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Halfway through Kindred

Well, I’m afraid to say that Butler’s Kindred isn’t really my cup of tea. The style simply strikes me in an odd and off way. Despite this though, there are passages which interest me greatly. On page 52, the beginning of The Fall chapter, Dana introduces the reader to her old workplace and mentions how she and her coworkers used to call it the “slave market.” This interested me in a similar fashion to how it seemed to interest Dana. She recognizes that this “casual labor agency” was, in fact, “the opposite of slavery” as people didn’t care whether or not an employee showed up for work (because there was always someone else to step up and take their place) (Butler 52).

However, what struck me wasn’t simply that this agency was misrepresented in the workers’ minds but that slavery seemed to be. It is problematic, I think, the way we throw certain historical events and terms about from slavery to the holocaust, our modern cultures seem ready and willing to pimp out the pains of the past for our own common hyperbole today. This cultural hyperbole fosters, I think, not only laziness in terminology and vernacular, but also enables people to more easily convince themselves that the horrors of slavery somehow are comparable to things we dislike or feel today. And, if this class has taught me anything thus far, it’s the power of language. After all, as Butler also discusses early on, a major reason for the antebellum characters’ contempt of Dana was her ability to clearly and eloquently articulate herself for fear that she might put “freedom ideas in [other enslaved peoples’] heads” (Butler 74).  The power of language, Dana also reflected, is what could grant enslaved peoples the ability to write “passes” for themselves so that they might visit their families or even potentially forge freedom papers after escaping.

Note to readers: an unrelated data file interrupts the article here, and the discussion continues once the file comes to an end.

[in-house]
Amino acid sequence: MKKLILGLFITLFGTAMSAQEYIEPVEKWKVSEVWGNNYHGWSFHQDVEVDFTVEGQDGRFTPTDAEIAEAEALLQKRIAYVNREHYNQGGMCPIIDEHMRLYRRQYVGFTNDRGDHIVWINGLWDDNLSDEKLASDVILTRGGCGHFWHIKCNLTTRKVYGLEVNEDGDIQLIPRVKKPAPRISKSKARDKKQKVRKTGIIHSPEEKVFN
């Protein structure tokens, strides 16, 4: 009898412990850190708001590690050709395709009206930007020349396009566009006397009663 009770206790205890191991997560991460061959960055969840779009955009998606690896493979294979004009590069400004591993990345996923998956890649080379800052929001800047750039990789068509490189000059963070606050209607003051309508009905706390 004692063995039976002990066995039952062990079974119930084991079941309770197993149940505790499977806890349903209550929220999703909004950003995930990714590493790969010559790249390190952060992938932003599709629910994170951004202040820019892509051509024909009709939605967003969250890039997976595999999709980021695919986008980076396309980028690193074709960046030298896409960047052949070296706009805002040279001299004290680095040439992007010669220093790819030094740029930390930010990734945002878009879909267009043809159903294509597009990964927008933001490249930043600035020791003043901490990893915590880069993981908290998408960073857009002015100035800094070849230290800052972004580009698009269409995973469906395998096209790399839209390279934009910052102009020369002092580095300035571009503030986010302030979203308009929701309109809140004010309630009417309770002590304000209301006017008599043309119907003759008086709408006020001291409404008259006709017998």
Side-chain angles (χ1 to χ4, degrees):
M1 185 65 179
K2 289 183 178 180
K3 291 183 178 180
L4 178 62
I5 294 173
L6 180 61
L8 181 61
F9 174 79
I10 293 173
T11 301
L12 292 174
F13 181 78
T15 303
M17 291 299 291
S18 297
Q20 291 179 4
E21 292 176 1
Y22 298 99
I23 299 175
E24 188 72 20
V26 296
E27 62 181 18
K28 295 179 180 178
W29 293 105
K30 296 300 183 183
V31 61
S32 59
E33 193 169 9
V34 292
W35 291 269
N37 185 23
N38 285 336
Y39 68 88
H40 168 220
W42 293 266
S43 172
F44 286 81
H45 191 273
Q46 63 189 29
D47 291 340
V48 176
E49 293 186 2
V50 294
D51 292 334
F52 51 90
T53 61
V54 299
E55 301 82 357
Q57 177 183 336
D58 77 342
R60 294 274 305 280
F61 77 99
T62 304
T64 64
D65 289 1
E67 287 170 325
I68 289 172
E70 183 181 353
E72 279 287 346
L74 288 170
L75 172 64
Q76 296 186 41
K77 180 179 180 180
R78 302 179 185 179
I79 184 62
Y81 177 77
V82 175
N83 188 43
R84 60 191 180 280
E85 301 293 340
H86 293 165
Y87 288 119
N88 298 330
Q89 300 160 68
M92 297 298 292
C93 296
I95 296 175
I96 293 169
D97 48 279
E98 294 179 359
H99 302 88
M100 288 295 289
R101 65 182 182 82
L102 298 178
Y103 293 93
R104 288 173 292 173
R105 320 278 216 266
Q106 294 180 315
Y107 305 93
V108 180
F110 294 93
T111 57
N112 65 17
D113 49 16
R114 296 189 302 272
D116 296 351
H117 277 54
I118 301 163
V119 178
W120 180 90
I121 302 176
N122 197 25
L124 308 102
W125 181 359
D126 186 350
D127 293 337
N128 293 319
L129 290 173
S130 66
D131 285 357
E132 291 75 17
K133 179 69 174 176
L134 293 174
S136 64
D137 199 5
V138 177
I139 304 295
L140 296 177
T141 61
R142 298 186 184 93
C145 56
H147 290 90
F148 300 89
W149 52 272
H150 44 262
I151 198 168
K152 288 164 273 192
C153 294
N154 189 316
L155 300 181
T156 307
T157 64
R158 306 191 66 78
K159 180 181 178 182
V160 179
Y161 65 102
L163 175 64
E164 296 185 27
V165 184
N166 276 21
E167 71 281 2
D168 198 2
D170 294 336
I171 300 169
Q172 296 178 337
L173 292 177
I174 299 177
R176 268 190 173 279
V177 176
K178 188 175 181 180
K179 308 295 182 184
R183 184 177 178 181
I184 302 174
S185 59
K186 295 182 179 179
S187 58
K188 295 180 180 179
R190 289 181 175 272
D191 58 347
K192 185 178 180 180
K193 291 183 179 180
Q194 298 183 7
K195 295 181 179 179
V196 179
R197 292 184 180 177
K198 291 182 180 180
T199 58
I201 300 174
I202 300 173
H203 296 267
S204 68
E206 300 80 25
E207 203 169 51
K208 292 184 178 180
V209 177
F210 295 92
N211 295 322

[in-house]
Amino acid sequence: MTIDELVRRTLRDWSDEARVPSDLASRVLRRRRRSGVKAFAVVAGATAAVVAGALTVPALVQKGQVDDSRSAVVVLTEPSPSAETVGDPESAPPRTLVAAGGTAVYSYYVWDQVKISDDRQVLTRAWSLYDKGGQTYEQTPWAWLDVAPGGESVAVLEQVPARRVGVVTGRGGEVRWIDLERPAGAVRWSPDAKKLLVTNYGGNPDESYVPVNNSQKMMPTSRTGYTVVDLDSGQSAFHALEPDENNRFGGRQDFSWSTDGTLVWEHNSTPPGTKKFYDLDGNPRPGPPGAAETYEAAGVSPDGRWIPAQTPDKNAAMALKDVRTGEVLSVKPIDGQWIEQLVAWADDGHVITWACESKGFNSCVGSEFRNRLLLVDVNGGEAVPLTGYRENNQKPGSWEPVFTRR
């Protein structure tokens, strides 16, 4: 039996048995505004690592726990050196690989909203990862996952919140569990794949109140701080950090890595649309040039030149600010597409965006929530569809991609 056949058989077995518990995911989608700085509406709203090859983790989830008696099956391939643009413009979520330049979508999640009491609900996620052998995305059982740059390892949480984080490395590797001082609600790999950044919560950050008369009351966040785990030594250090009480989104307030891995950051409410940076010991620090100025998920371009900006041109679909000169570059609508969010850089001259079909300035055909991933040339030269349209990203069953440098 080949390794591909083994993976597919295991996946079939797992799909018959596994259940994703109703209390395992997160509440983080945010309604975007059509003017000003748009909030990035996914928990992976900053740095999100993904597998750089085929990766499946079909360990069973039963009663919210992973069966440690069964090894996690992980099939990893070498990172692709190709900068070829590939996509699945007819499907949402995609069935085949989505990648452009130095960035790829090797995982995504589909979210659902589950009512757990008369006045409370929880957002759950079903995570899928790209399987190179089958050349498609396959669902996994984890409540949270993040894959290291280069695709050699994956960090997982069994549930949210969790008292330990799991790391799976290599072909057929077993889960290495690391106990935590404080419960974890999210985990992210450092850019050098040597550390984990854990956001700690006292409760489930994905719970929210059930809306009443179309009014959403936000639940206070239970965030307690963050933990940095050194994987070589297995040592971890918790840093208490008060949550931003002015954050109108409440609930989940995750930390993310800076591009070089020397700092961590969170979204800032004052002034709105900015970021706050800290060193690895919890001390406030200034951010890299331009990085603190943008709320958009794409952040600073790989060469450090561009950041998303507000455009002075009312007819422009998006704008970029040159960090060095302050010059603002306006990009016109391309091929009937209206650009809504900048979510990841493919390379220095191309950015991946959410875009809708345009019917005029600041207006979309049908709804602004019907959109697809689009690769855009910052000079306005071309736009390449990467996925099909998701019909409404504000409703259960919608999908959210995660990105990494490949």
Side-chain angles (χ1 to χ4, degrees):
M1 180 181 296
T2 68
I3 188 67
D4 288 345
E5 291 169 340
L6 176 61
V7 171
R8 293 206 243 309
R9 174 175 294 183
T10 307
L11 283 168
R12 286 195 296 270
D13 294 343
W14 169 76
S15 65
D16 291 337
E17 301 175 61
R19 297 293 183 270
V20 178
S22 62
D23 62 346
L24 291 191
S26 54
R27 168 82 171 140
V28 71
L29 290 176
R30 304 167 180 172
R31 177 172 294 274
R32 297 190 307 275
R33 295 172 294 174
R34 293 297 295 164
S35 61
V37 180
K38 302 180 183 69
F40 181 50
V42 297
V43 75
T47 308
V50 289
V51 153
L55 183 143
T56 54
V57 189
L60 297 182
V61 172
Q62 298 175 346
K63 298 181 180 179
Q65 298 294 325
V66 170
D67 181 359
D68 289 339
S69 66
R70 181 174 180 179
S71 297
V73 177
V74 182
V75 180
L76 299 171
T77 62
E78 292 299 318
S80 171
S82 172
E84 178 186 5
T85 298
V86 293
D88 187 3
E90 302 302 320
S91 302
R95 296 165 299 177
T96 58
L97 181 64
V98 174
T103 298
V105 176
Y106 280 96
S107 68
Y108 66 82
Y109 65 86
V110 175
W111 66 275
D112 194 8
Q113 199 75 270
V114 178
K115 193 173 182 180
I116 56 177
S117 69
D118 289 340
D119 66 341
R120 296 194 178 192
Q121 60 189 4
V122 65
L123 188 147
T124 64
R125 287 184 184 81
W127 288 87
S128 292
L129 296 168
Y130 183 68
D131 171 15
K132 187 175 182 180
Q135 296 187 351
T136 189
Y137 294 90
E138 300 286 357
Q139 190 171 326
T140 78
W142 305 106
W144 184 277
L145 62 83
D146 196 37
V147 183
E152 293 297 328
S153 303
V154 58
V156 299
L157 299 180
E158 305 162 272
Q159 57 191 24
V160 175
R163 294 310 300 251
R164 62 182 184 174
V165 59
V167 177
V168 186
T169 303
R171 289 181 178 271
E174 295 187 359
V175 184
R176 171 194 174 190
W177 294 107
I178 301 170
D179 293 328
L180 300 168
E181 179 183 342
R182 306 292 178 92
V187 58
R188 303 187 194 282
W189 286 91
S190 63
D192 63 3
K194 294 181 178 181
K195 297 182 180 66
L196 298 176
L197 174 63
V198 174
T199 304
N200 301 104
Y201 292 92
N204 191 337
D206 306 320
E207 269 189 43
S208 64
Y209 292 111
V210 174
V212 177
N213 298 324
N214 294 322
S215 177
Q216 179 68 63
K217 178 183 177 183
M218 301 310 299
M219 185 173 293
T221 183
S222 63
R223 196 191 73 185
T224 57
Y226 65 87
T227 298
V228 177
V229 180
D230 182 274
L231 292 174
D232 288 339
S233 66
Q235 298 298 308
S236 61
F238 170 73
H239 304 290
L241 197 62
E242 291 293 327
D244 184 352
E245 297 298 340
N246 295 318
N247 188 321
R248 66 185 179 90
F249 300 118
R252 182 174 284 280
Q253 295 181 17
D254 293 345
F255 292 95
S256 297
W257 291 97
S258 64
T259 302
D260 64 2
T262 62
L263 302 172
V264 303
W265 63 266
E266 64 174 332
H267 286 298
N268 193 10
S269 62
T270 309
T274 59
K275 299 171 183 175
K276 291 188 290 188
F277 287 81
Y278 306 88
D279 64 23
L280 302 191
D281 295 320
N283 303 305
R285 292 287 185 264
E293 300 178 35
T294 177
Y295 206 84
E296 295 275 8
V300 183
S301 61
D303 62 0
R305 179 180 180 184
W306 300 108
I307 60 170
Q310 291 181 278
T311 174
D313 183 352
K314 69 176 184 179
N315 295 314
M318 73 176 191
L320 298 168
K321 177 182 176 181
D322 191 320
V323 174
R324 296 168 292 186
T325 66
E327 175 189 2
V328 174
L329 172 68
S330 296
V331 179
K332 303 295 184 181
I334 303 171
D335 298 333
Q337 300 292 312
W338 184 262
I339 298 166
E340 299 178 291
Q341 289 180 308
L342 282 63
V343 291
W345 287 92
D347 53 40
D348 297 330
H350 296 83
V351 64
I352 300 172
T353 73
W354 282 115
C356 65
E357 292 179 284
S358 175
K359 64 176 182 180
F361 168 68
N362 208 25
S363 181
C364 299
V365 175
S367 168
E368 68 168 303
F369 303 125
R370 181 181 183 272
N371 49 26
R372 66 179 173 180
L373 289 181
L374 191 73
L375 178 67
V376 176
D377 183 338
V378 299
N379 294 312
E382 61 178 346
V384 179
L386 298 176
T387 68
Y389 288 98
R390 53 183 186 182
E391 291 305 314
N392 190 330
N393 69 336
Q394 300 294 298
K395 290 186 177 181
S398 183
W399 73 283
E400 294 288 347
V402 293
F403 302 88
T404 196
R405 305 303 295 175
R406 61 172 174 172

How we communicate separates us culturally and socially, distinguishing people not only by levels of education but also by region, even by personality. And how our ancestors communicated is also what has largely dictated what we know of them today — hence what makes this book as a whole interesting to our studies: Dana is actively “recovering” a largely “lost” past and heritage that was reduced to nothing more than a list of names. In a similar fashion our groups are attempting to recover a past obfuscated by forced illiteracy, white washing, and other coercive cultural forces.

 

This book is tougher for me to directly relate to what we’re doing in class for the people of Williamson County since Dana, at least so far, is largely cheating by simply traveling back in time rather than researching in the days of 1976 but it is littered with conversations (such as those which I’ve already referenced) that clearly reflect modern cultural issues in regards to this antebellum era.

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Categories: Uncategorized
  1. March 15, 2011 at 4:54 pm

    Ah! Katie! I was thinking the exact same thing while I was reading that section. I think the placement of that chapter was perfect…right after she gave some insight into the life of an actual slave, but before we were too far from the present time period. She cites some weird, tedious things she needed to do for money, but no one was abusing her, and, in fact, there was someone around who was even nice enough to buy her lunch. Definitely not comparable to actual slavery. I wonder if someone who was actually affected by slavery was to read this, if he or she would be offended at the nonchalant throwing out of the word.

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